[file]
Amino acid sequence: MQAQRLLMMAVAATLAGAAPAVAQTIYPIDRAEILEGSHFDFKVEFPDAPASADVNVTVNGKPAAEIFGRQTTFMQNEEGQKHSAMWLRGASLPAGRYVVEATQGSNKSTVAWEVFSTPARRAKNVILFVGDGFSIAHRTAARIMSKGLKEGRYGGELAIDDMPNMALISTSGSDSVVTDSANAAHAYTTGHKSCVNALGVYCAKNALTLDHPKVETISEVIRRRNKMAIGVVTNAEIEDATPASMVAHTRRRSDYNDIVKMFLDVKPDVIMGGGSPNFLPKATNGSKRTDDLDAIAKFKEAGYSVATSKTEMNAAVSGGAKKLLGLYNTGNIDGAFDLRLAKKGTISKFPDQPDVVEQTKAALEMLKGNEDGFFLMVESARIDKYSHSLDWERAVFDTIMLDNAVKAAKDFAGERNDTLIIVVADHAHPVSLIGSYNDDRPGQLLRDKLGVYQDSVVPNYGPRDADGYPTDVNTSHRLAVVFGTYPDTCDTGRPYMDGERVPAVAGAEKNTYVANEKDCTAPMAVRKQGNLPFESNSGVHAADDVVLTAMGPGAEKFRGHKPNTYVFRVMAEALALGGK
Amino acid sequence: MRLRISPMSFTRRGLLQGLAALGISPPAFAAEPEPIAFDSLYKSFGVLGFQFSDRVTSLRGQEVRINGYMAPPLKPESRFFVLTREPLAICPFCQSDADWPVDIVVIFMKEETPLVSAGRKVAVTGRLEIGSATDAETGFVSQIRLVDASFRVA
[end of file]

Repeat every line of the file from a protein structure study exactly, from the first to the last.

Amino acid sequence: MQAQRLLMMAVAATLAGAAPAVAQTIYPIDRAEILEGSHFDFKVEFPDAPASADVNVTVNGKPAAEIFGRQTTFMQNEEGQKHSAMWLRGASLPAGRYVVEATQGSNKSTVAWEVFSTPARRAKNVILFVGDGFSIAHRTAARIMSKGLKEGRYGGELAIDDMPNMALISTSGSDSVVTDSANAAHAYTTGHKSCVNALGVYCAKNALTLDHPKVETISEVIRRRNKMAIGVVTNAEIEDATPASMVAHTRRRSDYNDIVKMFLDVKPDVIMGGGSPNFLPKATNGSKRTDDLDAIAKFKEAGYSVATSKTEMNAAVSGGAKKLLGLYNTGNIDGAFDLRLAKKGTISKFPDQPDVVEQTKAALEMLKGNEDGFFLMVESARIDKYSHSLDWERAVFDTIMLDNAVKAAKDFAGERNDTLIIVVADHAHPVSLIGSYNDDRPGQLLRDKLGVYQDSVVPNYGPRDADGYPTDVNTSHRLAVVFGTYPDTCDTGRPYMDGERVPAVAGAEKNTYVANEKDCTAPMAVRKQGNLPFESNSGVHAADDVVLTAMGPGAEKFRGHKPNTYVFRVMAEALALGGK
Amino acid sequence: MRLRISPMSFTRRGLLQGLAALGISPPAFAAEPEPIAFDSLYKSFGVLGFQFSDRVTSLRGQEVRINGYMAPPLKPESRFFVLTREPLAICPFCQSDADWPVDIVVIFMKEETPLVSAGRKVAVTGRLEIGSATDAETGFVSQIRLVDASFRVA